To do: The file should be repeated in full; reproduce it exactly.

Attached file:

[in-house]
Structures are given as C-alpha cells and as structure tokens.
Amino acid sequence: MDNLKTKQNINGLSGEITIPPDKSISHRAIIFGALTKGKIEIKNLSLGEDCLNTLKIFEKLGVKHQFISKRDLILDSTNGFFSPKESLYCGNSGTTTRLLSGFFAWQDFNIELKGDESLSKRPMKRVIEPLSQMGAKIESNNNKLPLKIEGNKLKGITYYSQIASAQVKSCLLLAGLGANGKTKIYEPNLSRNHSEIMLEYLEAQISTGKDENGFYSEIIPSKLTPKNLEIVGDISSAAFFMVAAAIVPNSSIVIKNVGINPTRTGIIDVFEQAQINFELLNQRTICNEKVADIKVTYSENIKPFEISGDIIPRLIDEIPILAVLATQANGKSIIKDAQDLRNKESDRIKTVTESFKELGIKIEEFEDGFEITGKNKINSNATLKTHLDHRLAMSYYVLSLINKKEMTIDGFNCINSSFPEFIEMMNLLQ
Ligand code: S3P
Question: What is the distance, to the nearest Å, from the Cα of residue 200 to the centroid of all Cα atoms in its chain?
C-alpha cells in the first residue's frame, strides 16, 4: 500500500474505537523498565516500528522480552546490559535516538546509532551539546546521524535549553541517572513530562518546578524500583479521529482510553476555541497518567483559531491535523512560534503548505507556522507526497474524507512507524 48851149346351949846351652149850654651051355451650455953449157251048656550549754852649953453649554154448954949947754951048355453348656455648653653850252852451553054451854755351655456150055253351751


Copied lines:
[in-house]
Structures are given as C-alpha cells and as structure tokens.
Amino acid sequence: MDNLKTKQNINGLSGEITIPPDKSISHRAIIFGALTKGKIEIKNLSLGEDCLNTLKIFEKLGVKHQFISKRDLILDSTNGFFSPKESLYCGNSGTTTRLLSGFFAWQDFNIELKGDESLSKRPMKRVIEPLSQMGAKIESNNNKLPLKIEGNKLKGITYYSQIASAQVKSCLLLAGLGANGKTKIYEPNLSRNHSEIMLEYLEAQISTGKDENGFYSEIIPSKLTPKNLEIVGDISSAAFFMVAAAIVPNSSIVIKNVGINPTRTGIIDVFEQAQINFELLNQRTICNEKVADIKVTYSENIKPFEISGDIIPRLIDEIPILAVLATQANGKSIIKDAQDLRNKESDRIKTVTESFKELGIKIEEFEDGFEITGKNKINSNATLKTHLDHRLAMSYYVLSLINKKEMTIDGFNCINSSFPEFIEMMNLLQ
Ligand code: S3P
Question: What is the distance, to the nearest Å, from the Cα of residue 200 to the centroid of all Cα atoms in its chain?
C-alpha cells in the first residue's frame, strides 16, 4: 500500500474505537523498565516500528522480552546490559535516538546509532551539546546521524535549553541517572513530562518546578524500583479521529482510553476555541497518567483559531491535523512560534503548505507556522507526497474524507512507524 48851149346351949846351652149850654651051355451650455953449157251048656550549754852649953453649554154448954949947754951048355453348656455648653653850252852451553054451854755351655456150055253351751